I apply statistics, mathematics, data science, and machine learning to advance psychology and psychiatry, and occasionally other fields too. Currently, I am initiating an Academy of Finland -funded project on Machine learned causal factors for psychotherapy in collaboration with IT-Psychiatry section of HUS Helsinki University Hospital, for which I am on a leave of absence from a position of a University Lecturer on Statistical Methods in Psychology at the University of Helsinki, Helsinki, Finland.
Within my past affiliations, we have among other things, provided arguments in support of a hierarchical structure of psychopathology and personality, developed causal inference techniques for psychology, and modeled evolution of major depression. In addition to these topics, highlighted in below, I try to keep updated a comprehensive list of publications here.
Hierarchical structure of psychopathology and personality
Remodeling the population structure of psychopathology risk factors is a hot international research topic, for example, fuelling the HiTOP consortium. We have contributed to the topic by arguing that both psychopathology and personality reflect a few broad shared dimensions of risk that are organized in a hierarchical manner. This suggests that mental health treatments could be improved by assessing and targeting these broadband risk dimensions, besides the usual disorder-specific treatments. Some exemplar publications on the topic are listed below.
- Joint factorial structure of psychopathology and personality. Rosenström T, Gjerde LC, Krueger RF, Aggen SH, Czajkowski NO, Gillespie NA, Kendler KS, Reichborn-Kjennerud T, Torvik FA, Ystrom E. In Psychological Medicine 2019;49(13):2158-2167. [publication] [preprint]
- General psychopathology factor and borderline personality disorder: Evidence for substantial overlap from two nationally representative surveys of U.S. adults. Gluschkoff K, Jokela M, Rosenström T. Personality Disorders: Theory, Research, and Treatment 2020;Advance online publication. [publication]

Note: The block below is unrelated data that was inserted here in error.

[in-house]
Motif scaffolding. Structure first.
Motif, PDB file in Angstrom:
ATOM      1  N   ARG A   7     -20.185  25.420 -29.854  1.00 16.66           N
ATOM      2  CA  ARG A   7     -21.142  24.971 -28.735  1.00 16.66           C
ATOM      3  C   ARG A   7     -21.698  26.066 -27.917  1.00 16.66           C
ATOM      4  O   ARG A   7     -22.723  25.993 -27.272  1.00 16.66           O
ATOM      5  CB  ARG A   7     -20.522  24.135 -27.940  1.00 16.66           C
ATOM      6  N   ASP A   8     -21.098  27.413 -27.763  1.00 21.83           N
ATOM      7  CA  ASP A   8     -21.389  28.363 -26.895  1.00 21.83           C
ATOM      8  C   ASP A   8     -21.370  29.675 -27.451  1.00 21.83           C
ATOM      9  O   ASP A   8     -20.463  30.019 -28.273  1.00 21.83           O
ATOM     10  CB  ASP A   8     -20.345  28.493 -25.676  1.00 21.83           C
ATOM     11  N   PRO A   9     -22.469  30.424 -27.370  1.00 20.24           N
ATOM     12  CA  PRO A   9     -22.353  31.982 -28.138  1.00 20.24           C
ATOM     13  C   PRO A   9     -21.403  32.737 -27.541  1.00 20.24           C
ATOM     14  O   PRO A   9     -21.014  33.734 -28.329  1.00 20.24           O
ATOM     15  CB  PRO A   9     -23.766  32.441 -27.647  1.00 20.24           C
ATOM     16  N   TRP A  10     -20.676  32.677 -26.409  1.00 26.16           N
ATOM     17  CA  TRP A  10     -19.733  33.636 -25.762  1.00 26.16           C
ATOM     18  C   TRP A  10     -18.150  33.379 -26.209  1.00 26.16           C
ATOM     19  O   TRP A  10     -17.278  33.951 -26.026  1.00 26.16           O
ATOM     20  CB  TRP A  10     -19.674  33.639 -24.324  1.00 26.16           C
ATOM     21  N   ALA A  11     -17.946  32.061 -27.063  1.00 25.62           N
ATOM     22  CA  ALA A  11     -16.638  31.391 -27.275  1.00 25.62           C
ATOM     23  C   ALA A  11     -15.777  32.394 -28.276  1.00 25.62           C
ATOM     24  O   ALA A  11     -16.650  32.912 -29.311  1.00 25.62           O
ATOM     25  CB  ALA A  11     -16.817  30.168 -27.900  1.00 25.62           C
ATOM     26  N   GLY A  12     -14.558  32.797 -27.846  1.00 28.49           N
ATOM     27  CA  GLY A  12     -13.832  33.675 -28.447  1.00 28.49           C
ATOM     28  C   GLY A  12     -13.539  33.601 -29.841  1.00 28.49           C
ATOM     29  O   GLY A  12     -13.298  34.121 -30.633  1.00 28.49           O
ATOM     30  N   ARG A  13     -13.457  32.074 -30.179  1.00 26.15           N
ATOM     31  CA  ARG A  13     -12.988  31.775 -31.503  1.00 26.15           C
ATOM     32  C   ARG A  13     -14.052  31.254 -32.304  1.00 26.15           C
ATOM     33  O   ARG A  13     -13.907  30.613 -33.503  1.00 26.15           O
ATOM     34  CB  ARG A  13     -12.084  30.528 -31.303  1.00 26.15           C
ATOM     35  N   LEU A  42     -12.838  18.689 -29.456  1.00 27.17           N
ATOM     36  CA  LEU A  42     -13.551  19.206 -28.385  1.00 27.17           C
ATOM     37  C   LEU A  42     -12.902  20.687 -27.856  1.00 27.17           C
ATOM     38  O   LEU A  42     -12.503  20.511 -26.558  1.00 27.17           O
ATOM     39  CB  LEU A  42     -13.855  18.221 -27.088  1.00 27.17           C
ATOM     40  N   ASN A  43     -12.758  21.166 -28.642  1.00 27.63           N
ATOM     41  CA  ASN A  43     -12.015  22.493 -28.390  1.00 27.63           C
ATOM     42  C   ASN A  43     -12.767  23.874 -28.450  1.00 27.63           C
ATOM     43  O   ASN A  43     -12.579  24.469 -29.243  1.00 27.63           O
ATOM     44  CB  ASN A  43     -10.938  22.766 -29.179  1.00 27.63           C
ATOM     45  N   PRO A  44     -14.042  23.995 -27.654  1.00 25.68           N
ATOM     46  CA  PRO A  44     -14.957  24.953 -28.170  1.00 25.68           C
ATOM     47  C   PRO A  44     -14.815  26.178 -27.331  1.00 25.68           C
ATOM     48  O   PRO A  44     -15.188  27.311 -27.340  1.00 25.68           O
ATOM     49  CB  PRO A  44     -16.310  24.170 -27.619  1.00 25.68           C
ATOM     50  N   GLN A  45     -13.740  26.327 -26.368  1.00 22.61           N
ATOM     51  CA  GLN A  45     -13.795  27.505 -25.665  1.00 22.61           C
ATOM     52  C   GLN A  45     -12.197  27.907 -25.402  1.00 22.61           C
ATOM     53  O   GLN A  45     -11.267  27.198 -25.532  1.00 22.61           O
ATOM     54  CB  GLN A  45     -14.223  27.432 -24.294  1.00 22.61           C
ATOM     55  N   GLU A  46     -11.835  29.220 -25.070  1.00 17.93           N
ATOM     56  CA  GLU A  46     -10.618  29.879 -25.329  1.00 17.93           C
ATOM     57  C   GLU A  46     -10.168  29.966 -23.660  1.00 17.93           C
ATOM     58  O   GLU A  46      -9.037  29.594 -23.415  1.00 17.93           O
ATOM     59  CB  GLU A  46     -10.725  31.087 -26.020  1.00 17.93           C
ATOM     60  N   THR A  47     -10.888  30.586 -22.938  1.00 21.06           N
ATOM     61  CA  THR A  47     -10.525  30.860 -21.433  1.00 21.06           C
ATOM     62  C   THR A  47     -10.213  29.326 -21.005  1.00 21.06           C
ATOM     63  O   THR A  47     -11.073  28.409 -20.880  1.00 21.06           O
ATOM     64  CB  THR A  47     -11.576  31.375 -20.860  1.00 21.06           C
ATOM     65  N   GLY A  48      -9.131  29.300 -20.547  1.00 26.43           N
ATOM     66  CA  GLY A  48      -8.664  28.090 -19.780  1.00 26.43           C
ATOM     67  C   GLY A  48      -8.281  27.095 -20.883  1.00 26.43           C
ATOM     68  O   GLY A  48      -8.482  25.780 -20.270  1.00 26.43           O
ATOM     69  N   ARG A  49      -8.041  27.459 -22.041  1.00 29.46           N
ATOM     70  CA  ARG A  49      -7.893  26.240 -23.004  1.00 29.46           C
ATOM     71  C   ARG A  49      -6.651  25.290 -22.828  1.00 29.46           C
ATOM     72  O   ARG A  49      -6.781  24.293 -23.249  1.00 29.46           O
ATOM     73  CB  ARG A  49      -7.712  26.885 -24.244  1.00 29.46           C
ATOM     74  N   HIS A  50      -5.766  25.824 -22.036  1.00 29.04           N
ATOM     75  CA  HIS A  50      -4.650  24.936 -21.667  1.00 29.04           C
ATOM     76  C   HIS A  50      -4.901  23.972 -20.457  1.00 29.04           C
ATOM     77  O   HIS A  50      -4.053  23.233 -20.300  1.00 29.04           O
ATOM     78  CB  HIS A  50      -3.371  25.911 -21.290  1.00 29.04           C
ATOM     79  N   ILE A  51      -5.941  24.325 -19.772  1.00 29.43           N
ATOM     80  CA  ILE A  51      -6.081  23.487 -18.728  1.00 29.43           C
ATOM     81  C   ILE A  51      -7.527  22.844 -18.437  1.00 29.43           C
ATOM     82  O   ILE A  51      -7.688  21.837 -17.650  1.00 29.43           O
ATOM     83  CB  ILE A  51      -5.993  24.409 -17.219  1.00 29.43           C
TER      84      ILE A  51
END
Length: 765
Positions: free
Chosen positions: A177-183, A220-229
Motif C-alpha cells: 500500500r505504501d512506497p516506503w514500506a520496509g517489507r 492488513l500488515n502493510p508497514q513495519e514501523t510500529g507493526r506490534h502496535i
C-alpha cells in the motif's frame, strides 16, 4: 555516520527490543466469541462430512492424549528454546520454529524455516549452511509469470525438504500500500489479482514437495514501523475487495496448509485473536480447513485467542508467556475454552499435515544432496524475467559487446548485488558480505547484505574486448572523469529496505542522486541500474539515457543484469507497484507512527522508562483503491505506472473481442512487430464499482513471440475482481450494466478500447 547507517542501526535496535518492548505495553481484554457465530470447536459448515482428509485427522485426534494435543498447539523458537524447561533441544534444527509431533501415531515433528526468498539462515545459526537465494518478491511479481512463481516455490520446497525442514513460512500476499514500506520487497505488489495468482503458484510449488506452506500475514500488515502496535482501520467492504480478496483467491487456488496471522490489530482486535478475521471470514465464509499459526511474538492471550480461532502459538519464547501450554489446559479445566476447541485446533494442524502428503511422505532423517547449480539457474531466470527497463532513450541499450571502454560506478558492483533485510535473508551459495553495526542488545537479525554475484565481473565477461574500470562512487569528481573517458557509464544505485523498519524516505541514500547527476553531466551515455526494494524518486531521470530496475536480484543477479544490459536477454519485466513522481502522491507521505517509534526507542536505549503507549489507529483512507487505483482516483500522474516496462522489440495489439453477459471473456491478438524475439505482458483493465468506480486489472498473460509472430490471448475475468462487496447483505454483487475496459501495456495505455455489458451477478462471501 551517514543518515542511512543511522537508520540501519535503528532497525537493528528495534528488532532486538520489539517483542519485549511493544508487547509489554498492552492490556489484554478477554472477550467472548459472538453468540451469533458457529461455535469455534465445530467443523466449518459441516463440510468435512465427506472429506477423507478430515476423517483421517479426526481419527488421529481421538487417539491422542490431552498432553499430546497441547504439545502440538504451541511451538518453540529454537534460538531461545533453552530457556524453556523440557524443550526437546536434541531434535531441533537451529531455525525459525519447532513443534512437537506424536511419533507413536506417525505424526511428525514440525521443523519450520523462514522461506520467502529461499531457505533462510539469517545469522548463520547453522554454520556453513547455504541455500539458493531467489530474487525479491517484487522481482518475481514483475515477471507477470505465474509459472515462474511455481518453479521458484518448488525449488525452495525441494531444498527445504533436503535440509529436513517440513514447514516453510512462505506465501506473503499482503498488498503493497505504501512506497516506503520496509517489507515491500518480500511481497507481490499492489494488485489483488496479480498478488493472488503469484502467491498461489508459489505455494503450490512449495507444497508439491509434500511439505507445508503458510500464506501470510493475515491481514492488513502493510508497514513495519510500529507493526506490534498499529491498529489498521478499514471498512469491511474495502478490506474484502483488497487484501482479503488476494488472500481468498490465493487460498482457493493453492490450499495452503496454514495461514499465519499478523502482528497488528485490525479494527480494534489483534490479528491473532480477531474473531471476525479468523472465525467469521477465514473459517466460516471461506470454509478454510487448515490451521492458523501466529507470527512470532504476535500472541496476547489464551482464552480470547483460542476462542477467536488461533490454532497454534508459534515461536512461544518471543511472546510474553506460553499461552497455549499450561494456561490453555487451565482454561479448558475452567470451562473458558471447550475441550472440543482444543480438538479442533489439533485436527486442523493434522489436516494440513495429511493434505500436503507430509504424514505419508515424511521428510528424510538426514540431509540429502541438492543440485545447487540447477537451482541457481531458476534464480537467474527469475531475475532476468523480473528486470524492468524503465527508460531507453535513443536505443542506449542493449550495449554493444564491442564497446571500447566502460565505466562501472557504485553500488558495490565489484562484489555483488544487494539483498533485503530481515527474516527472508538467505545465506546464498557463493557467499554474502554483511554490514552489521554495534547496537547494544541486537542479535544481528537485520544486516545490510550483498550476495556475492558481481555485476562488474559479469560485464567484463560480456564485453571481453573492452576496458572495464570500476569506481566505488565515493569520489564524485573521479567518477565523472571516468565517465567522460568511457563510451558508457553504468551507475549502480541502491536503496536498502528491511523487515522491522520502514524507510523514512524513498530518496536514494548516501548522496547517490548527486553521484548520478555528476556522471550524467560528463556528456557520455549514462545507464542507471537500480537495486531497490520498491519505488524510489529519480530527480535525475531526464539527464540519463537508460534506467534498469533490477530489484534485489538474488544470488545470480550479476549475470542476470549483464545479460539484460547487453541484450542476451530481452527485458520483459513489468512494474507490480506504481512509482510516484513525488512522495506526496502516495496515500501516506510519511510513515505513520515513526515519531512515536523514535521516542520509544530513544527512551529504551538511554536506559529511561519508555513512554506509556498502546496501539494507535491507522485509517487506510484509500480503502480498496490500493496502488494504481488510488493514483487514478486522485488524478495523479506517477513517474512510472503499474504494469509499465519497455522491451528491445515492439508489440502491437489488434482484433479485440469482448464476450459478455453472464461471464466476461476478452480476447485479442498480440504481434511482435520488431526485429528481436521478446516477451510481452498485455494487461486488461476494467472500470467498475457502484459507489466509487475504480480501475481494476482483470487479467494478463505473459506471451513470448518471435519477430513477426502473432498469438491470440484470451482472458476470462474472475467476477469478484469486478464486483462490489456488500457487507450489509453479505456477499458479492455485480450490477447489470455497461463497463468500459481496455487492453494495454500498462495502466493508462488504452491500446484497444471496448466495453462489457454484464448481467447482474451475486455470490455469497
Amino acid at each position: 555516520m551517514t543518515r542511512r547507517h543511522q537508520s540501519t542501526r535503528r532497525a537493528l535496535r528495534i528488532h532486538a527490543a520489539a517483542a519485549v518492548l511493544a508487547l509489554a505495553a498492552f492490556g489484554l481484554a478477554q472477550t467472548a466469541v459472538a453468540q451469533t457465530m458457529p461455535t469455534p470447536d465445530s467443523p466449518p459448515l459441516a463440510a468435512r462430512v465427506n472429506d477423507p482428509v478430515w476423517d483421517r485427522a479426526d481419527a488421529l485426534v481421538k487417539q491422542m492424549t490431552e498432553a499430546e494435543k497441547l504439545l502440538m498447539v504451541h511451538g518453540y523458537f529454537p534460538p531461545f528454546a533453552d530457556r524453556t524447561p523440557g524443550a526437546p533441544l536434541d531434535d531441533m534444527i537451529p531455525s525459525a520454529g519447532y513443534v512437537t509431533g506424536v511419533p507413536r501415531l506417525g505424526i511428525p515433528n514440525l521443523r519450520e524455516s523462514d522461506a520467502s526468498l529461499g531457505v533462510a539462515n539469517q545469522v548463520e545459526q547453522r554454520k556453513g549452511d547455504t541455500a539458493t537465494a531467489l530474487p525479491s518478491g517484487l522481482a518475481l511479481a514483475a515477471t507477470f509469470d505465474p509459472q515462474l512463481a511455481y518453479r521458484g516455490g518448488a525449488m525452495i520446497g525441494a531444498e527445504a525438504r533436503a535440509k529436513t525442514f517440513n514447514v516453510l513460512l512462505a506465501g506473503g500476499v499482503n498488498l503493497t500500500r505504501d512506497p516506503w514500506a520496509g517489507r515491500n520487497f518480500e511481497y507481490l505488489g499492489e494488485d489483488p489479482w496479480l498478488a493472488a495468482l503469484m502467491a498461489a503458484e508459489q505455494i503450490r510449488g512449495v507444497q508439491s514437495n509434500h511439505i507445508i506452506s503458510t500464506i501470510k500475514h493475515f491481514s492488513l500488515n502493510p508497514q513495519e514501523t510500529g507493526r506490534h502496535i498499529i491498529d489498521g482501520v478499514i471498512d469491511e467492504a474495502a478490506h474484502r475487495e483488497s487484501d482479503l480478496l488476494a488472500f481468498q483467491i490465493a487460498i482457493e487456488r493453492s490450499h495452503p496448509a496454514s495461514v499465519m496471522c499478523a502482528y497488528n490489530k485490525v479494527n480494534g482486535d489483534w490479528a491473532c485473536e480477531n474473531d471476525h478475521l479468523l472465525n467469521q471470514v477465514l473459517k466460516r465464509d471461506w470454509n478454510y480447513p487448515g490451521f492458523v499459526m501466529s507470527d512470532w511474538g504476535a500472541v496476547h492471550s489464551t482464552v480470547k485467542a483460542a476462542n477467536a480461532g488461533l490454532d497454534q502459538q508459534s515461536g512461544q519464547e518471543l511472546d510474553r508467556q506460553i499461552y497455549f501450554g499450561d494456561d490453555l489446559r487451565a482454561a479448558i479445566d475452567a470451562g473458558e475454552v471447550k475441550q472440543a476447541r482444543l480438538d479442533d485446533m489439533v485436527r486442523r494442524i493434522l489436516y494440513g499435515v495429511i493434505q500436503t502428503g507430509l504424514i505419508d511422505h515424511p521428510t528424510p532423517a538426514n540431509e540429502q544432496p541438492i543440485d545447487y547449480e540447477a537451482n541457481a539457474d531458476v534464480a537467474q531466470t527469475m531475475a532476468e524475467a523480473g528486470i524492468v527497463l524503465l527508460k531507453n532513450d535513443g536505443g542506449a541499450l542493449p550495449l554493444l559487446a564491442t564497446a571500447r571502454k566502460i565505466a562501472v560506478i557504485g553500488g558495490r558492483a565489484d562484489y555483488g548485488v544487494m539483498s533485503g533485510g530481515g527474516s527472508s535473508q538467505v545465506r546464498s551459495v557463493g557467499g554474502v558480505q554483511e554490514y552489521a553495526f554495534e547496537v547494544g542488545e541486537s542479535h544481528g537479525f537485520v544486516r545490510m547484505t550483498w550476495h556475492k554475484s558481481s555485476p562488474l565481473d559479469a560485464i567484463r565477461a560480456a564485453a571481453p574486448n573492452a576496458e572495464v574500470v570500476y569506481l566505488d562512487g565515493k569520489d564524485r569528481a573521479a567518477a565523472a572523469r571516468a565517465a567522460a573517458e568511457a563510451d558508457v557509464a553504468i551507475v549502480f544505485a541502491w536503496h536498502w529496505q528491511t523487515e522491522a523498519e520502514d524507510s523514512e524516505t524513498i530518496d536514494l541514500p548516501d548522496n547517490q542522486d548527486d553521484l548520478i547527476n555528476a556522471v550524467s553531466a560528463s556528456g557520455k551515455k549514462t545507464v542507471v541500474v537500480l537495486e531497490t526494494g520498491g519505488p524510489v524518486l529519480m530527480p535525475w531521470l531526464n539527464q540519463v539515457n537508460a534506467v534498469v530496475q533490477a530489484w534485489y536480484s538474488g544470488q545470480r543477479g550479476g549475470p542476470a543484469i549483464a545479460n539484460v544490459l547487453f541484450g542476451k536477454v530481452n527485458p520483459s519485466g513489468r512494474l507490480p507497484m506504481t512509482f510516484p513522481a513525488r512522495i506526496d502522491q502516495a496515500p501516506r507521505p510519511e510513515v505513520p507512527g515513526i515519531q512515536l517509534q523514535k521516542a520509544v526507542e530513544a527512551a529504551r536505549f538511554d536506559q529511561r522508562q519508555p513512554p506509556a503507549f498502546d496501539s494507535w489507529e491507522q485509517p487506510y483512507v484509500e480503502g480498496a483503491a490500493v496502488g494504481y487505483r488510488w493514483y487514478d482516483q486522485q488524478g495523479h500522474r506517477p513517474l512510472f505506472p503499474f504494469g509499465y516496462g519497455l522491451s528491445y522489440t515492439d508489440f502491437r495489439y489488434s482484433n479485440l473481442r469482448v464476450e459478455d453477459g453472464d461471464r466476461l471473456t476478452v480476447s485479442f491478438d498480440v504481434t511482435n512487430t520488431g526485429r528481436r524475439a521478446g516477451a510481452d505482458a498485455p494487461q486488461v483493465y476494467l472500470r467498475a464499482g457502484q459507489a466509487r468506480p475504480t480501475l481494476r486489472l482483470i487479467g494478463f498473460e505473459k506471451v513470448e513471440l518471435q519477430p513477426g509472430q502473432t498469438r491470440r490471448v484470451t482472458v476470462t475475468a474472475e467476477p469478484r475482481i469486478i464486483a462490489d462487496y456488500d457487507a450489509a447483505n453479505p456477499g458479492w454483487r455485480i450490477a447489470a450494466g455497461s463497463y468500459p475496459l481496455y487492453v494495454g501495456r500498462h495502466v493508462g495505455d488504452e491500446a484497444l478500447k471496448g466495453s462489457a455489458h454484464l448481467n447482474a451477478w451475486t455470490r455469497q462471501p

Causal inference methods
The above kind covariance-based models must eventually be supported by evidence on causes and consequences, which is often difficult to come by in psychology via traditional means. We have developed statistical models that better support causal inferences e.g. through the use of inheritance structures and higher statistical moments than covariance.
- Genetically informative mediation modeling applied to stressors and personality-disorder traits in etiology of alcohol use disorder. Rosenström T, Czajkowski NO, Ystrom E, Krueger RF, Aggen SH, Gillespie NA, Eilertsen E, Reichborn-Kjennerud T, Torvik FA. In Behavior Genetics 2019;49(1):11-23. [publication] [preprint]
- Pairwise measures of causal direction in the epidemiology of sleep problems and depression. Rosenström T., Jokela M, Puttonen S, Hintsanen M, Pulkki-Råback L, Viikari JS, Raitakari OT, Keltikangas-Järvinen L. In: PLoS ONE 2012;7(11):e50841. [open-access publication]
Besides statistical constraints, theories are a time-honoured way to constrain possible causal interpretations. The theory of evolution has traditionally been used to support psychological theories, but mathematical maturity has increased only recently, making the theory of evolution a much stronger tool for psychology than it used to be. So far, we have used this theory to better understand the specific properties of major depression and its treatment.
- Bargaining models of depression and evolution of cooperation. Rosenström T. In: Journal of Theoretical Biology 2013;331: 54-65. [publication] [preprint]
- Explaining the sex difference in depression with a unified bargaining model of anger and depression. Hagen EH, Rosenström T. In: Evolution, Medicine, and Public Health 2016;2016(1):117–132. [open-access publication]